The Catcher in the Rye - Happiness and Ethics
The Catcher in the Rye (1951)
Classic novel about teenager, Holden
Caulfield, written by the American, J.D. (Jerome David)
Salinger (1919-2010), pictured right.
- Holden Caulfield became a role model for many young people.
- Mark Chapman asked ex-Beatle John
Lennon (pictured right) to sign a copy of the book hours before killing him in 1980.
Holden Caulfield, tall (6 feet, 6 inches), skinny and shy 16-year-old American schoolboy and
the story’s narrator
Sally Hayes, his girlfriend
Phoebe Caulfield, his ten-year-old sister
Mr Antolini, his English teacher
The book is told in flashback by a 16-year-old boy, Holden Caulfield, to his psychoanalyst in a
mental hospital about the few days before Christmas after the end of term at his boarding school in 1950’s
Having been expelled for failing 4 out of 5 of his classes, Holden visits his elderly history teacher,
Mr Spencer, to say goodbye. But, he is annoyed when Spencer criticizes him for his poor academic
Holden then fights his roommate, Ward Stradlater, because he is dating his ex-girlfriend,
Jane Gallagher, whom Holden still likes. He questions him insistently about whether he tried to
have sex with her and attacks him after being teased.
This fight makes him determined to leave school early and go to Manhattan, New York City
where his family lives.
He arrives at a hotel there, after annoying the cab driver by asking him where the ducks in Central Park go in
In the opposite hotel wing, he sees a male guest dressing up as a woman, and a couple hysterically spitting
drinks at each other. He interprets this as sexual foreplay and is both aroused and annoyed by it.
He then calls Faith Cavendish, a friend’s acquaintance, whom he believes is a stripper and will
have sex with him. She agrees to see him the next day, but he backs out.
He goes down to the bar where he flirts and dances with three women in their 30’s and feels he is “half in love”
with the blonde one.
But they joke about his age and leave him to pay the bill. He remembers his ex-girlfriend, Jane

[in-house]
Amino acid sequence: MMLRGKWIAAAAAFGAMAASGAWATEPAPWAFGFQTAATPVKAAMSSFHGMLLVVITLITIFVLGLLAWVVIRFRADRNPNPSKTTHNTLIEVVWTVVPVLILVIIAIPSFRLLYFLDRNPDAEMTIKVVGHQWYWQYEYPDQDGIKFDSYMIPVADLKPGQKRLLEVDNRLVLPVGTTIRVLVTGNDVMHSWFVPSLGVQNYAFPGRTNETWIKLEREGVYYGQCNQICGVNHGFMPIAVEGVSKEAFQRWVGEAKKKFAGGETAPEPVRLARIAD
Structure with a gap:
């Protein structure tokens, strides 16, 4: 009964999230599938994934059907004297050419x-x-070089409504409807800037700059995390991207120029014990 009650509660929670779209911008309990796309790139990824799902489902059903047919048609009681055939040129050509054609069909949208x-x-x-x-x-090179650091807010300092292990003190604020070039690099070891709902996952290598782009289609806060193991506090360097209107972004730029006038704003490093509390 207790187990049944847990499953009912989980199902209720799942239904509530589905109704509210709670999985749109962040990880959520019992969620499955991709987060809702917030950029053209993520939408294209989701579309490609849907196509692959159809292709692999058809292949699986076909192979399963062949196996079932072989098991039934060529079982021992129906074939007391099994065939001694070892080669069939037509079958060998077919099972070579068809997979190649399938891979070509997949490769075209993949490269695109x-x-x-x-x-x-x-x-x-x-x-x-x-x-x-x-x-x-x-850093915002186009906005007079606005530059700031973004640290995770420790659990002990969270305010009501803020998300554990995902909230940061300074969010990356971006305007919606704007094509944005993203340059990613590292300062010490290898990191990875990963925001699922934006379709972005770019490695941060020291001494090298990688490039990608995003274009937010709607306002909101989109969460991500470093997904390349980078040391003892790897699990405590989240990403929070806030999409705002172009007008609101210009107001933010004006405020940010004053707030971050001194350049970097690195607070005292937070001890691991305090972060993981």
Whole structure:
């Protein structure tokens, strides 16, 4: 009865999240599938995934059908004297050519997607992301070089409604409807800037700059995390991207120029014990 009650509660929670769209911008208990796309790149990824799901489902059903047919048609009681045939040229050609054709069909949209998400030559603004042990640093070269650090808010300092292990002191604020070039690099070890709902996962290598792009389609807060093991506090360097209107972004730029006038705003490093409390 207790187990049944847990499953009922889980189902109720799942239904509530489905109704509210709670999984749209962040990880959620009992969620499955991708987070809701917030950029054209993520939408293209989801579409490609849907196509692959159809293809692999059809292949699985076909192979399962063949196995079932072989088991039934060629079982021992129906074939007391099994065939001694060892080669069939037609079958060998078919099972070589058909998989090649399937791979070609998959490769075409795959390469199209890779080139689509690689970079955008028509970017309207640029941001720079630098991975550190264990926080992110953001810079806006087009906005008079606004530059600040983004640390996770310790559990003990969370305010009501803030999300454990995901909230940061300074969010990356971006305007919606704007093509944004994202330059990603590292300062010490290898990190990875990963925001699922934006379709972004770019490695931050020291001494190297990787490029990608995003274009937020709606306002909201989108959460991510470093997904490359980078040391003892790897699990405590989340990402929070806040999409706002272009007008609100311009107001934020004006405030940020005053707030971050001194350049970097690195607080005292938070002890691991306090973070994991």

Gallagher, who allowed him to kiss her on her face but not on her lips.
A cab driver (whom he also asks about the ducks) takes him to Ernie’s
jazz club in Greenwich Village, where he critically observes the other
He meets Lillian Simmons, one of his older brother’s ex-girlfriends, who invites him to sit
with her and her date. But, feeling awkward, he says he has to meet someone and walks back to his hotel, lonely and
Maurice, the hotel elevator operator, offers to send a prostitute to Holden’s room for five
dollars and he agrees. A teenager, calling herself Sunny, arrives at his
She pulls off her dress but Holden feels “peculiar” and tries to make conversation with her. He claims he has
had recent back surgery and can’t have sex with her. But he pays her anyway.
She returns with Maurice, demanding another five dollars. When he refuses to pay, Maurice punches him in the
stomach and leaves him on the floor, while Sunny takes five dollars from his wallet.
The next morning (Sunday) he gives two nuns ten dollars at a sandwich bar and meets Sally
Hayes, an ex-girlfriend. They split up after Holden insults her and suggests they run away and live in a
He again fails to contact Jane and then calls Carl Luce, his old student adviser and now a
university student. They meet in a bar but Luce leaves in disgust after Holden makes some juvenile remarks about
homosexuals and Luce’s Chinese girlfriend.
Holden, now drunk, sneaks into his parents’ Manhattan apartment. He wakens his sister, Phoebe,
who is mad at him for being expelled. When he tries to explain why he hates school, she accuses him of not liking
He tells her his fantasy of being “the catcher in the rye” who catches little children as they
are about to fall off a cliff, while playing in a rye field.
He then calls his old English teacher, Mr Antolini, who invites him to his apartment. He
asks Holden about his expulsion and advises him to live humbly with realistic aims.
Holden falls asleep on his couch and awakens to find Antolini stroking his forehead. Thinking he is a
homosexual, he leaves abruptly and sleeps for a few hours on a bench at Grand Central Station.